We investigated the mechanisms of siRNA-induced TGS during retrovirus infection by direct visualization of critical components of RITS-like complex. We describe both distinct subcellular distribution of RITS-like complex components and a novel nuclear transport mechanism for RITS-like components mediated by the actin filament (F-actin) component of the cytoskeleton. Ago1 and promoter-targeted siRNAs were found preferentially in the nucleus of retrovirus-infected cells, while Ago2 and promoter-targeted siRNAs were found in the inner nuclear envelope of retrovirus-infected cells. The distinct nuclear compartmentalization of these RITS-like components was observed only in infected cultures, suggesting accumulation of RITS-like components in the nucleus of infected cells during TGS. The clear association between Ago1 and promoter-targeted siRNAs in the nucleus is consistent with the site of TGS being nuclear and supports previous studies suggesting Ago1 and siRNAs are RITS-like complex components (2
). Our interesting finding that Ago2 co-localized with promoter-targeted siRNAs in the inner nuclear lamin membrane indicated the association alone between Ago2 and promoter-targeted siRNAs was not sufficient for nuclear transport. This may be due to Ago2 possibly requiring Ago1 for nuclear trafficking as part of the RITS-like complex. Our experiments, which separately expressed exogenous FLAG-tagged Ago1 or Ago2, but not both combined, may indicate the low endogenous levels of Ago1 are not adequate to facilitate nuclear transport of exogenous FLAG-tagged Ago2 protein. It is tempting to speculate that Ago2 could also be retained in the nuclear pore complex (NPC), further regulating traffic of protein complexes between the nucleus and cytoplasm (25
); however, additional co-localization studies are required for confirmation.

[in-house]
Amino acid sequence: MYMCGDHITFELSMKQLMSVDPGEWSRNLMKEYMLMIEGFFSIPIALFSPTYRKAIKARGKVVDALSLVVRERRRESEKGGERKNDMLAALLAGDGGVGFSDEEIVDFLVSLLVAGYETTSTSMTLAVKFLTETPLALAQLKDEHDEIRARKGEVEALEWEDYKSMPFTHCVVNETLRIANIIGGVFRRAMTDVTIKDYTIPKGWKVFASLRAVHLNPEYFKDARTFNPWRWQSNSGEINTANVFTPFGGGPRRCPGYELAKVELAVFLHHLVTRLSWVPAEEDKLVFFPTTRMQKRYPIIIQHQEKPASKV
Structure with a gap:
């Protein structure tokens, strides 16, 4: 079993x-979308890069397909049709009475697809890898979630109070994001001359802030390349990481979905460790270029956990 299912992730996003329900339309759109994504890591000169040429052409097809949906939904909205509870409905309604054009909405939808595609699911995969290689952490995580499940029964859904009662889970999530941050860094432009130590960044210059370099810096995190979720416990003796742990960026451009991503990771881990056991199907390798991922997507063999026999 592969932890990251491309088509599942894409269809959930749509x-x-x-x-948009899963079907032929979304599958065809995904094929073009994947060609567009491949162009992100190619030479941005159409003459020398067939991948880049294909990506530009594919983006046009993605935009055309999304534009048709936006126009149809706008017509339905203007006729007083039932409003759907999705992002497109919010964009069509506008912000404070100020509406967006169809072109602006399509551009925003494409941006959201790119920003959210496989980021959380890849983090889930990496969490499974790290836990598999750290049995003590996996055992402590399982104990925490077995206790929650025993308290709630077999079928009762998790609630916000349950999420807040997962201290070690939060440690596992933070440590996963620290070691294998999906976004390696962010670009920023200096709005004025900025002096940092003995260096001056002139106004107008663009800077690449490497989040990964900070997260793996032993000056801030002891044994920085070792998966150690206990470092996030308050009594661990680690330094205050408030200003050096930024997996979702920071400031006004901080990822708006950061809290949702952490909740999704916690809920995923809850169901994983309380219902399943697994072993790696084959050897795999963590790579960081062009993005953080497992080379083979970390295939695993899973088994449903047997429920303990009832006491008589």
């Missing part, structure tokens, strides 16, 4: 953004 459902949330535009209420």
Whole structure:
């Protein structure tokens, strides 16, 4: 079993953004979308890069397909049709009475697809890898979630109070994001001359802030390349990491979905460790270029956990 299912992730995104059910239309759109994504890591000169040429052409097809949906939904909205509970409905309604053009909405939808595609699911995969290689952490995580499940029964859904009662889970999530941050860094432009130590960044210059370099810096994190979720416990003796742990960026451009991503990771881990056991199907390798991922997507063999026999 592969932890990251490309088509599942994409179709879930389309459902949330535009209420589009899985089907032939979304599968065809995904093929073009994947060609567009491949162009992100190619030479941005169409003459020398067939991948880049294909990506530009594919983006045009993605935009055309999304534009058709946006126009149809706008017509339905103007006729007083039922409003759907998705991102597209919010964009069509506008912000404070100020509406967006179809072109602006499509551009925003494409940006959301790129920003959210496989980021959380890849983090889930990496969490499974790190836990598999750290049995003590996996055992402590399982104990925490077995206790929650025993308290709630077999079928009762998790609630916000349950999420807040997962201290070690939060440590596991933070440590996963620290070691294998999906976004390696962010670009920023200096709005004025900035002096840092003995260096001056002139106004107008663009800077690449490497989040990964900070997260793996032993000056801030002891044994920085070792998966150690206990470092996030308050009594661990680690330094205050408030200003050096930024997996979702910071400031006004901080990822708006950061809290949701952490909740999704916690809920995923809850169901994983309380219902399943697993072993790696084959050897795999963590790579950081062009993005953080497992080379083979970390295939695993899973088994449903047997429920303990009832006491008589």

This study demonstrated the distinct distribution of Ago:siRNAs using two different retroviruses; SIVmac251 and two different HIV-1 subtype B strains: CXCR4-tropic HIV-1SF162
and CCR5-tropic HIV-1LAV
. Observing the same phenomenon in all three retrovirus infection TGS models highlights that the findings are compelling. Moreover, it is important to appreciate that the si2A sequence, targeting a region well upstream of the SIV NF-κB binding motif, is quite different from the siPromA sequence, targeting the tandem NF-κB binding motifs in the HIV-1 5` LTR promoter region. To provide important specificity controls for our experiments, we showed that scrambled siRNAs and siPromA-M2, which varies from HIV-1 promoter-targeted siPromA by only two bp, had no effect on nuclear co-localization of RITS-like components and were instead found in the cytoplasm. We also confirmed the previously reported finding that the antisense siRNA strand participates in the formation of the RITS-like complex in human cells (26
), as shown by our experiments using two different HIV-1 subtype B strains, where only the antisense strand of siPromA was labeled.
The distinct subcellular compartmentalization of Ago:siRNA led us to investigate the mechanism regulating nuclear transport of these RITS-like components. Studies in S. pombe